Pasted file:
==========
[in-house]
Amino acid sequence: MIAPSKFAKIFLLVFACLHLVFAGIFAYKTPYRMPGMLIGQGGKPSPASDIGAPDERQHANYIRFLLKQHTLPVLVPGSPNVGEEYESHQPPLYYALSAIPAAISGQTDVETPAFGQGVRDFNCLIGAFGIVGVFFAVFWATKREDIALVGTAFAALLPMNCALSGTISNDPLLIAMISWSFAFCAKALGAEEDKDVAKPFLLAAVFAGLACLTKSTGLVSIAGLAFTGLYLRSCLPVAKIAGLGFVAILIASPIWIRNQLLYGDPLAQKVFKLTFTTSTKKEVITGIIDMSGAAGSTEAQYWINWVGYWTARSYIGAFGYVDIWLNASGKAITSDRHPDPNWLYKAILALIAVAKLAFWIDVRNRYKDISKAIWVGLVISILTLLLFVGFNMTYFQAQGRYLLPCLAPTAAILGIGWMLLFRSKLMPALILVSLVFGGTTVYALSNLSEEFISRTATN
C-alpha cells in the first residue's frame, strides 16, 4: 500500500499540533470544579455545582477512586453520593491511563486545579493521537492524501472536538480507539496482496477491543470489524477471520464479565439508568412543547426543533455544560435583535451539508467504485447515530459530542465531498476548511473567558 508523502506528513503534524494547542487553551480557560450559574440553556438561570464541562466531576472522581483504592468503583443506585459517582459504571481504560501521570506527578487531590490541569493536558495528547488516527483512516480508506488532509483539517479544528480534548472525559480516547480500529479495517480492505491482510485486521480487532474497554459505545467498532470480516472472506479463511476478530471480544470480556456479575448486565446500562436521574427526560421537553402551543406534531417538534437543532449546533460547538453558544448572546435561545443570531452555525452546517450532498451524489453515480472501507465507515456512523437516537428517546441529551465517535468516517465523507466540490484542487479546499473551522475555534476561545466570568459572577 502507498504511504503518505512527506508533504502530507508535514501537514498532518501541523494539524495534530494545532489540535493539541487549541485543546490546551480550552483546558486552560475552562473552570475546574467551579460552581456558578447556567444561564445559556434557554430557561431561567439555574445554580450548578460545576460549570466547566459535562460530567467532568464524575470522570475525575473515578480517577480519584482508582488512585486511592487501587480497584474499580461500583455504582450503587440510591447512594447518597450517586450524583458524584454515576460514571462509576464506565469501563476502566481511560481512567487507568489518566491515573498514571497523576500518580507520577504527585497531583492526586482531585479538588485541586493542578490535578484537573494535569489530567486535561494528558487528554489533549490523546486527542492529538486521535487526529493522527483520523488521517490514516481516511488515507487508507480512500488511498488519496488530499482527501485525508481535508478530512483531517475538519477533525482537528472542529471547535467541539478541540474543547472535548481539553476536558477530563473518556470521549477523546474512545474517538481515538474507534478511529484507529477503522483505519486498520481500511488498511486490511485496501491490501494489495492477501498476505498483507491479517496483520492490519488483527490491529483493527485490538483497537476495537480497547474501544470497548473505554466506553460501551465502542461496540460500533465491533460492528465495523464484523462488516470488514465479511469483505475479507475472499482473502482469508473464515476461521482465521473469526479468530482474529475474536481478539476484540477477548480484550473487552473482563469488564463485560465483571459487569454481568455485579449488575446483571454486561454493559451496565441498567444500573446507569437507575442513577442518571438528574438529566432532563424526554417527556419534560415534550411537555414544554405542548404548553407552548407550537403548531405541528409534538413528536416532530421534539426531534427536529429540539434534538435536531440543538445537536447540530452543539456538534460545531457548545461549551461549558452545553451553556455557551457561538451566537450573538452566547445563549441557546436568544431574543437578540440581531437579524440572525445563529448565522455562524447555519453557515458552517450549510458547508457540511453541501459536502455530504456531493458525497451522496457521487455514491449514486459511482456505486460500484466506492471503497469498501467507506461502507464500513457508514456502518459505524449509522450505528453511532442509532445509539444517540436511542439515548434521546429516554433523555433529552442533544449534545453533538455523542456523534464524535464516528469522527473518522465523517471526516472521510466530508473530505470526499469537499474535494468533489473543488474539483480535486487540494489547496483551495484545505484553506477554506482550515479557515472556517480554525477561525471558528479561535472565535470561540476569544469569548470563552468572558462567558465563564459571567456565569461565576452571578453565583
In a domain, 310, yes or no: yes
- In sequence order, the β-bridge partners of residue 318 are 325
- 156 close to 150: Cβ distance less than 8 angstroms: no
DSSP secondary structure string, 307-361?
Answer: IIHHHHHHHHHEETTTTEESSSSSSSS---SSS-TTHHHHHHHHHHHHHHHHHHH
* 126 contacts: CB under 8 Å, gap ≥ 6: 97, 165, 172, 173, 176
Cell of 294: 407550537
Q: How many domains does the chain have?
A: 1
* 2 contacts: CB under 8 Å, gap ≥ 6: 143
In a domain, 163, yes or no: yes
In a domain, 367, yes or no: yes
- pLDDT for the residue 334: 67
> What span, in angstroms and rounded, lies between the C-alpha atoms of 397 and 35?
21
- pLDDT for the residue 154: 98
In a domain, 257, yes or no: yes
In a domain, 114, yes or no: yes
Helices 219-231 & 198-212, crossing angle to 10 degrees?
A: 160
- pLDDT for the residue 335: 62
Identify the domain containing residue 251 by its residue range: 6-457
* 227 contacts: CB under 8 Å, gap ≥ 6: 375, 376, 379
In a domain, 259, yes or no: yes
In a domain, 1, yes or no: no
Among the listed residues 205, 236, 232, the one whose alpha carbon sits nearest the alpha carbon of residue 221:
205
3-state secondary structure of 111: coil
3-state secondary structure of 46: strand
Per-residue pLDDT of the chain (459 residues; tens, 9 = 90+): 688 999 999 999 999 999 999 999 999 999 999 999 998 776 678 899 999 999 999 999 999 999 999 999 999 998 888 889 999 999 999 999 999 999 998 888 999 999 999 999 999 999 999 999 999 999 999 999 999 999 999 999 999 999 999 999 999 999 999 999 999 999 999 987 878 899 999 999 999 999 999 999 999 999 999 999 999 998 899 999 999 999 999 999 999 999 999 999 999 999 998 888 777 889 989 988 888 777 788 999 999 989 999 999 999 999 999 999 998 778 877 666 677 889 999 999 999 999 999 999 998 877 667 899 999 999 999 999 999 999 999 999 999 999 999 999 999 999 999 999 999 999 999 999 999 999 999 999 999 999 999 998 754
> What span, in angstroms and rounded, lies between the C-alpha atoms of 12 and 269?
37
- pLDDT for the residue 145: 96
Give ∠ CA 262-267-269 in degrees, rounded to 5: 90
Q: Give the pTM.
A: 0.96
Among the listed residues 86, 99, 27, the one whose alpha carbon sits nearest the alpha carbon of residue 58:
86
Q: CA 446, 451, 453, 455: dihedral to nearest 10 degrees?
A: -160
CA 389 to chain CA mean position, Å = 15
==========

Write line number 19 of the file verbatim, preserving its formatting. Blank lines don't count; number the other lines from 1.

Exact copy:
- pLDDT for the residue 154: 98